• ScottLoar

          “Eye of newt and toe of frog, Wool of bat and tongue of dog, Adder’s fork and blind-worm’s sting, Lizard’s leg and owlet’s wing,
          For a charm of powerful trouble, Like a hell-broth boil and bubble”

          - Macbeth

    • http://www.facebook.com/roger.lam.98 Roger Lam

      This is pretty disgusting and barbaric, cutting up live animal and drinking their blood. This and many more crazy things will continual until people are educated to have critical thinking and develop a sense to trust only scientific/evidence base information. Unfortunately I can see no end in sight.

      • Rick in China

        Some tribes in Africa mix cow blood with milk, without killing the cow — draining from a specific artery then sealing the wound. They don’t do it because it magically “cures illness”, nor swarm around trying to grab a fresh gulp, but because liquids are very precious around there and in order to hydrate, they’ve had to adopt this practice. In their case, it makes sense. In this case, it’s just myth and legend making people do things that modern society (including China according to most the commentors translated) deems as disgusting and barbaric.

        • vincent

          I think you’re talking about the Maasai, for those that don’t know of the Maasai google them, it’s an interesting read.

          • Rick in China

            They’re probably the most famous, but some other tribes as well :D I spent several days with Maasai in Tanzania, driving across the Serengeti and the Ngorongoro crater area..we were only there for ~8 days but each night was basically at camps/small groups of permanent fixtures with Maasai as the guides. They’re *awesome*. Here’s me with a true Maasai near Olduvai camp:

          • vincent

            I have to say I envy you, it is a unique experience, care to share how you planned this trip? Are there agencies or do you have friends in Africa that helped you plan the whole thing? Did you also come in contact with any of the indigenous *ahem* Fauna? Sorry about the multitude of questions but I don’t think there are a lot of folks on CSmack that have shared your experience. :D

          • Rick in China

            I’ve taken a few trips to Africa. My first was by myself, an individual climb up Kilimanjaro and some time in Kenya/around Arusha then to Zanzibar for some post-climb-chill, on that trip I planned it all myself *except* the Kilimanjaro component..which I used the ATR, Africa Travel Resource, back then they really only planned eastern Africa trips but as I understand they’ve been slowly expanding. The Zanzibar part, well, just booked a one way flight and found a beach house the same day I had arrived. Planning these kind of trips can be harrowing if you don’t have much free time, but I *really* enjoy the planning component…the trip in the photo I had used ATR also but for 2 middle-trip components – climbing the Virunga jungle with my popps to see some real mountain gorillas in the wild (borders Congo/Uganda/Rwanda) and our own little flight directly into grasslands in the serengeti.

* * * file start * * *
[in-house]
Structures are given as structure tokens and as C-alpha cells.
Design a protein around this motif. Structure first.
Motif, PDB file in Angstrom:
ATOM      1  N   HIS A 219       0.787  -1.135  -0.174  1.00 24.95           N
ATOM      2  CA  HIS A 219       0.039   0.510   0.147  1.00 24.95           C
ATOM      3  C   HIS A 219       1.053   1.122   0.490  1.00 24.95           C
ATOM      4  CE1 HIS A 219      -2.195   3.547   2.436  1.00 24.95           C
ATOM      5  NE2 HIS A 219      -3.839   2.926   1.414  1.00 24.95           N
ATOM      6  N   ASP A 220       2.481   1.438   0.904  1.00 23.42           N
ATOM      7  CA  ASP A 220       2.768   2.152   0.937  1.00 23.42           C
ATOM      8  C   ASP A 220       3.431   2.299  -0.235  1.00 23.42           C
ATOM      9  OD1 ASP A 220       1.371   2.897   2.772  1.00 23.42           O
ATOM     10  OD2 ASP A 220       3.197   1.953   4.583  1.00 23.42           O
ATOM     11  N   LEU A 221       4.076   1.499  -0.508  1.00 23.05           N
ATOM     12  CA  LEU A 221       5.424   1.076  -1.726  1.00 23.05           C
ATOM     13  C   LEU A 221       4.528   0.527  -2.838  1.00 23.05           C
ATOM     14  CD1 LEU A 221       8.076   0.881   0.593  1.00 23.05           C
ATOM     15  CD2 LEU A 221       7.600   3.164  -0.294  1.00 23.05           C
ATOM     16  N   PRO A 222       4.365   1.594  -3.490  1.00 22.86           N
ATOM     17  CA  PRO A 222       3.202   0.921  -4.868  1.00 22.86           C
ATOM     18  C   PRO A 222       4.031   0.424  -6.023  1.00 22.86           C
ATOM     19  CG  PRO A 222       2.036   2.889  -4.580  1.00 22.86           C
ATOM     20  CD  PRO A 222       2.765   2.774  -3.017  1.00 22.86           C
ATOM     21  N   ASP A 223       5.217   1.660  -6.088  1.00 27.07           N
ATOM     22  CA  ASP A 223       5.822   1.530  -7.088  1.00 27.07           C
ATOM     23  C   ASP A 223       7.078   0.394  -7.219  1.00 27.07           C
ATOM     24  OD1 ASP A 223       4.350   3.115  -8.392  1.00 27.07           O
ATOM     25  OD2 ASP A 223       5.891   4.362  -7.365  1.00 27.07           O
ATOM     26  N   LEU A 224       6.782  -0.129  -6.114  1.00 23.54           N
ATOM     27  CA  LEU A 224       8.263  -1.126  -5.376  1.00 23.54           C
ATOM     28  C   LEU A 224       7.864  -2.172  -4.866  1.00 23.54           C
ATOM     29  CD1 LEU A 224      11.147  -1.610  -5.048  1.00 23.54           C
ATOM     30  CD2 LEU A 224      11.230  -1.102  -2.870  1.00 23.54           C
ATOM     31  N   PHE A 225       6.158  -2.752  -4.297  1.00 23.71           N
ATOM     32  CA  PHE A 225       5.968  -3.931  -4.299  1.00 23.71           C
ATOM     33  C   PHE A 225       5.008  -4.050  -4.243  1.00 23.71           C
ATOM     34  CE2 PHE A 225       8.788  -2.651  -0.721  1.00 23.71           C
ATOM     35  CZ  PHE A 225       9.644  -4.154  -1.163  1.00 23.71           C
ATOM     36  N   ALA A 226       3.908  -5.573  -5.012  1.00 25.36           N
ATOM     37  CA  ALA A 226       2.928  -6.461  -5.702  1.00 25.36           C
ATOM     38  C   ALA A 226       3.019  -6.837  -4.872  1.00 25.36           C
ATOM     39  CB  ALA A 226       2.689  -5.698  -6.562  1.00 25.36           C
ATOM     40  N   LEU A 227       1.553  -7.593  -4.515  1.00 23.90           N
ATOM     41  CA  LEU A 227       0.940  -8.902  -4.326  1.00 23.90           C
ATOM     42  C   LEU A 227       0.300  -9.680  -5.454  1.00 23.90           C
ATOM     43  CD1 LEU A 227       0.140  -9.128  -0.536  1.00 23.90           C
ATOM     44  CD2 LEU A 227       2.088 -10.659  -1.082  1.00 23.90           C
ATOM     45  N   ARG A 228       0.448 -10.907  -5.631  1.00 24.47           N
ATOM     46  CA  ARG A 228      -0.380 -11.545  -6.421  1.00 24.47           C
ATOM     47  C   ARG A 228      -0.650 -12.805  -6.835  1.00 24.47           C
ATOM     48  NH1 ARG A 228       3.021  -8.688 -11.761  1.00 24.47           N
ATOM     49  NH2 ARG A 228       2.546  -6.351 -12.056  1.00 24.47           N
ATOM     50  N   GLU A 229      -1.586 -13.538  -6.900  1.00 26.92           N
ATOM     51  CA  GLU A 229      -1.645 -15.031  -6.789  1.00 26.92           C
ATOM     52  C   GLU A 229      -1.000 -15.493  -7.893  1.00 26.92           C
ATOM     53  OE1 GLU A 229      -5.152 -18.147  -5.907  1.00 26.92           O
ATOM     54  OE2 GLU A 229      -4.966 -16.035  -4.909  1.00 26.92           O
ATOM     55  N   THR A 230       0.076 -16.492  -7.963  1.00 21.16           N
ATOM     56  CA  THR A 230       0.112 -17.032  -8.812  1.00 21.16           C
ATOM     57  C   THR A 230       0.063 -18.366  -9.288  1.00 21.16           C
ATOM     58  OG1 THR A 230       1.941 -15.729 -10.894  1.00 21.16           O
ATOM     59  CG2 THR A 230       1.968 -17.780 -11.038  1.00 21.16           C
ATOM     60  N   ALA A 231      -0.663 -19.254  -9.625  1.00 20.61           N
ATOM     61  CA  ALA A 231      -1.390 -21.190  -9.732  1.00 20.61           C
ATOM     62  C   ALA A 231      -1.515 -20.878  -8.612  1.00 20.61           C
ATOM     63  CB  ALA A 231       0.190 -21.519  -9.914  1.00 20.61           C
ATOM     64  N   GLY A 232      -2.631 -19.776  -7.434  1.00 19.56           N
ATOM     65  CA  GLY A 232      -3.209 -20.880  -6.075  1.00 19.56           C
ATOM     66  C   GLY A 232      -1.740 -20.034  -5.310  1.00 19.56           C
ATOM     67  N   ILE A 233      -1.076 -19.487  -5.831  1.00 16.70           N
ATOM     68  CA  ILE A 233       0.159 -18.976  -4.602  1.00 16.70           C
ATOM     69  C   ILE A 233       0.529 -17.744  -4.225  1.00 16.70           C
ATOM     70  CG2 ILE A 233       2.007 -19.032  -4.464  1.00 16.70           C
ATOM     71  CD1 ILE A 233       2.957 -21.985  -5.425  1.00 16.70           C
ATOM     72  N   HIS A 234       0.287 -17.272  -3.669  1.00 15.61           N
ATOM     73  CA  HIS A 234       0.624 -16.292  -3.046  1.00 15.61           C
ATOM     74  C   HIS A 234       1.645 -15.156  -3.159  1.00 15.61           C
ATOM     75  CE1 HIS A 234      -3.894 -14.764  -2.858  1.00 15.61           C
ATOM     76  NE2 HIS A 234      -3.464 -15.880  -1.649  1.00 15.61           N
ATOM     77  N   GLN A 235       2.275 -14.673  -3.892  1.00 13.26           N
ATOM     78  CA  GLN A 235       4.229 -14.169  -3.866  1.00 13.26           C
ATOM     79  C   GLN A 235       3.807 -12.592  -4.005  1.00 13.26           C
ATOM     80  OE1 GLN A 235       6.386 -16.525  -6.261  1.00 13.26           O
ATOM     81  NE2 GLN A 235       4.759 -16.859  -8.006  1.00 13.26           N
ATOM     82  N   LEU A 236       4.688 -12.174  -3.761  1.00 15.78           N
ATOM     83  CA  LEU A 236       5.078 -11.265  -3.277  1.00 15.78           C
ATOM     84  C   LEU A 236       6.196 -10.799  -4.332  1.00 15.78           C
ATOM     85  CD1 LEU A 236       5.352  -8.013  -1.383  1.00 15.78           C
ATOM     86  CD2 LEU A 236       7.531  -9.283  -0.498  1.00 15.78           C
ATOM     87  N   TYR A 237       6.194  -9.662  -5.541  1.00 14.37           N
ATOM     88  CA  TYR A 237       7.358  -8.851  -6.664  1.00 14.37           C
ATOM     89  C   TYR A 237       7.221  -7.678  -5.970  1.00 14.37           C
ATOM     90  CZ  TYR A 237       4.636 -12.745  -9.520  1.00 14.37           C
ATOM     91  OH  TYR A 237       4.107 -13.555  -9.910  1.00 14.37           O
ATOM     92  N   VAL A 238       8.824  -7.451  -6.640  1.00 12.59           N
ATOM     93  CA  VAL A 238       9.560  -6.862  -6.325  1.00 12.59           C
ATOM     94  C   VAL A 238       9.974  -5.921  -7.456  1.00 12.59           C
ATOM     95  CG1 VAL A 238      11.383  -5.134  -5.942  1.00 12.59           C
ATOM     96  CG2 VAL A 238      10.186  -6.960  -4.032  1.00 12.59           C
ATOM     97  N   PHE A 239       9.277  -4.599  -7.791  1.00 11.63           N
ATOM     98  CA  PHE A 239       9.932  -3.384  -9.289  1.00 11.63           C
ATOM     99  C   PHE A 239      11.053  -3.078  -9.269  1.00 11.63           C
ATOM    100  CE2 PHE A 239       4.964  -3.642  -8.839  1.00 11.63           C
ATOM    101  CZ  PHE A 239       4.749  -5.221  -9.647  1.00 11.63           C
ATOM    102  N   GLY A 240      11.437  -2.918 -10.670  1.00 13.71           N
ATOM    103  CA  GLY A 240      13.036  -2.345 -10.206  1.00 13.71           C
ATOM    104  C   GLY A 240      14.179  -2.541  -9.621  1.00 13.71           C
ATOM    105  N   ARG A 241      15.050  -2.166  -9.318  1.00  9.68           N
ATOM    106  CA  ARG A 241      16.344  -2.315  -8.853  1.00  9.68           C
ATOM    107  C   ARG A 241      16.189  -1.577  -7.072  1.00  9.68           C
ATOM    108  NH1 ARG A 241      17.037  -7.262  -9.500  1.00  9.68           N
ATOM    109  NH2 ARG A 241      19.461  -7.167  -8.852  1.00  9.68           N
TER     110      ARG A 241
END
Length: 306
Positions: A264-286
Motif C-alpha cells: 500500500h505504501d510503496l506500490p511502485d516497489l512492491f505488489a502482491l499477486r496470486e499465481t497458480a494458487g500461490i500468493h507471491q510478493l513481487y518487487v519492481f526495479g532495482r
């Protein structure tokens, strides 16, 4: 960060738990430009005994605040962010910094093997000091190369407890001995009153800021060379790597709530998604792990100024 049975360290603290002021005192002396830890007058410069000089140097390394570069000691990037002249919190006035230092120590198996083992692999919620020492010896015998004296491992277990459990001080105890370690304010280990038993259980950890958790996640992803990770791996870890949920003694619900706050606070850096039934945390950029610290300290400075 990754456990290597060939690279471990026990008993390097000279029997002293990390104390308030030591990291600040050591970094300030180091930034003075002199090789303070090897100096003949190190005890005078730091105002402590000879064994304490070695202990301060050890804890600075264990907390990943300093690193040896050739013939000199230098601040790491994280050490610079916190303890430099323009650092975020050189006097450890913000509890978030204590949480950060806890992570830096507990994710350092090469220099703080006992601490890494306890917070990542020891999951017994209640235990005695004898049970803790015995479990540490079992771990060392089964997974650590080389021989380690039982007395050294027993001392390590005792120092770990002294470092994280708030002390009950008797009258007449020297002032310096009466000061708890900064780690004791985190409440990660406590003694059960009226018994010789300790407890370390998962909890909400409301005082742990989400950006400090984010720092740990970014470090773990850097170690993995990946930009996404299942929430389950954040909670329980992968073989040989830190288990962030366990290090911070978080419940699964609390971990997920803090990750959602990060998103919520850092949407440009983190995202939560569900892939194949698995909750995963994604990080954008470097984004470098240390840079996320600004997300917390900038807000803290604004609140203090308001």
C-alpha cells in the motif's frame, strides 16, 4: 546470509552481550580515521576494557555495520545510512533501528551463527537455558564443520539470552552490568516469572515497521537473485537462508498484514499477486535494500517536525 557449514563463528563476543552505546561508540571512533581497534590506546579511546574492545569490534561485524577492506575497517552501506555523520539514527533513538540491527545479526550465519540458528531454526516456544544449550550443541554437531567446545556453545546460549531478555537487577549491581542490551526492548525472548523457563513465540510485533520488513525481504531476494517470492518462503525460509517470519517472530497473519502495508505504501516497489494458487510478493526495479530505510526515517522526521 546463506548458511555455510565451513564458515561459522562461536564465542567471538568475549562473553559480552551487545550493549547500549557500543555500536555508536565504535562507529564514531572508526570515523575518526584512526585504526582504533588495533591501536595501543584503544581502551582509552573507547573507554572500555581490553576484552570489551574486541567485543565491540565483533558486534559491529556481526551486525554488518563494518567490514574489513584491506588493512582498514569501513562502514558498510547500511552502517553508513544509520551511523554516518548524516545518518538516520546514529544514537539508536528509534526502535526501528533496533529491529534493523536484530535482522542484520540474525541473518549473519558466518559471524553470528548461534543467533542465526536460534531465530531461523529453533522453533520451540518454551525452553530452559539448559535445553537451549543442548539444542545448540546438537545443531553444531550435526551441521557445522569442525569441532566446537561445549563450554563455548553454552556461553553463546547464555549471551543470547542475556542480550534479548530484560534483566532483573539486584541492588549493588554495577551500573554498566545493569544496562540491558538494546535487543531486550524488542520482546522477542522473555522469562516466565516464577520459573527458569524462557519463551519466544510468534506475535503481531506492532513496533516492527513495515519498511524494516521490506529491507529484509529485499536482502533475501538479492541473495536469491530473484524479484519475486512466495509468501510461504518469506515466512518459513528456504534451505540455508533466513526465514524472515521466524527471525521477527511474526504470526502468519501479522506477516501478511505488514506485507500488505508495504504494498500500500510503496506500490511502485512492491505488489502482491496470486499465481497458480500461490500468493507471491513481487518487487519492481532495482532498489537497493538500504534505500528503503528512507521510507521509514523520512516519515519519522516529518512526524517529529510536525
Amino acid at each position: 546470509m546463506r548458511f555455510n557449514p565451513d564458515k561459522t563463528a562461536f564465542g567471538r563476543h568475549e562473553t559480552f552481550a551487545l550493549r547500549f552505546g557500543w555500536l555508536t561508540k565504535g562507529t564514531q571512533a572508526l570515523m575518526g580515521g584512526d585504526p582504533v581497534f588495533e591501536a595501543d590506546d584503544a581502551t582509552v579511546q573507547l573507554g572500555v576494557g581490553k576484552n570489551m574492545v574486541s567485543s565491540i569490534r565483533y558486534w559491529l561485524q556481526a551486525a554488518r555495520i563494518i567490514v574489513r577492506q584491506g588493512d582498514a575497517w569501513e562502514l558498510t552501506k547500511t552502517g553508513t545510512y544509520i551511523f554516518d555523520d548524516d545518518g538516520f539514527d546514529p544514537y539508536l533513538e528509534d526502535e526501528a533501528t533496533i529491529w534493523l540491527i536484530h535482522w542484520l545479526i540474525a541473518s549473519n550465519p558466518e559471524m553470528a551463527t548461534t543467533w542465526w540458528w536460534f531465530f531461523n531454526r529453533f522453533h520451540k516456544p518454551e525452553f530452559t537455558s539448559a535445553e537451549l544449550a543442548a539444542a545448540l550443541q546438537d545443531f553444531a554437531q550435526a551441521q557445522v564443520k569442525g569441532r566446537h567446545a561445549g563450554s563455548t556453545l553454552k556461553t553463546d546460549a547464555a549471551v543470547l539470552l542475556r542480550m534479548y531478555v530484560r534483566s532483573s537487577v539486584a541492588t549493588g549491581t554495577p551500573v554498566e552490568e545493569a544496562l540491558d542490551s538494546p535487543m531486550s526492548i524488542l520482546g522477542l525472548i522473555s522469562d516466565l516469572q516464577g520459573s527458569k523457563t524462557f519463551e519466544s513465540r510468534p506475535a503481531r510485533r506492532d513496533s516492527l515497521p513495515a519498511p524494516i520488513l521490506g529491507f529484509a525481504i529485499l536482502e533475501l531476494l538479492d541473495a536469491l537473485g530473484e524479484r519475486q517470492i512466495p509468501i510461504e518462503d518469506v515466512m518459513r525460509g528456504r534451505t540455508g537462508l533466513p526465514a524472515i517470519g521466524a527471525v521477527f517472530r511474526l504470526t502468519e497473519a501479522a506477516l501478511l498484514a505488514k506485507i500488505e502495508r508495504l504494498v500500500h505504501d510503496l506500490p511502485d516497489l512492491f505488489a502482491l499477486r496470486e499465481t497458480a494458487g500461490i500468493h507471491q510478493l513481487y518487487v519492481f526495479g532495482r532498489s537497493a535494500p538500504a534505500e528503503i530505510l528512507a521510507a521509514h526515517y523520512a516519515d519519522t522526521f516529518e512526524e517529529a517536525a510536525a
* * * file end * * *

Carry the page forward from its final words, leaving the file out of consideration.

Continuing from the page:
I’m an animal lover, Africa is amazing, and while I don’t oppose hunting or farming *in the least*, I just like m’f'ers like the ones mentioned in this story to learn some respect for animals if they choose to harvest them and consume them in any way.

        • Highwave

          It isn’t because liquids are precious; itis because protein is precious. They don’t the meat because the animals are too important… Here it is all about superstition and one-up-manship!

      • jin

        the uneducated one is you, how is this disgusting and barbaric? the deer didnt get hurt, their antler dont have any feeling, sure it bleed but they dont feel the pain.its like clipping your nails. its also a fact that deer blood is high in iron and high in protein.

        • BigJ

          Sure, the blood is high in iron and protien, but that is not why they are drinking it. They think it will magically make you live longer.

        • Rick in China

          Look it up Jin, do some f’ing research before you call people uneducated. A full grown deer’s antlers ARE like bone, and are insensitive, but a young deer’s antlers are very sensitive and cause immense pain. How often do you clip your nails and cause hemorrhaging? Mr Yang talks about how young deer are most potent/valuable. They aren’t full grown bone structures being removed. So, high in iron, high in protein, so lets saw off some antlers and suck on its blood? Kidney beans are high in iron and protein, you don’t need to resort to such a ridiculous method of keeping healthy when there are perfectly fine and equally healthy alternatives.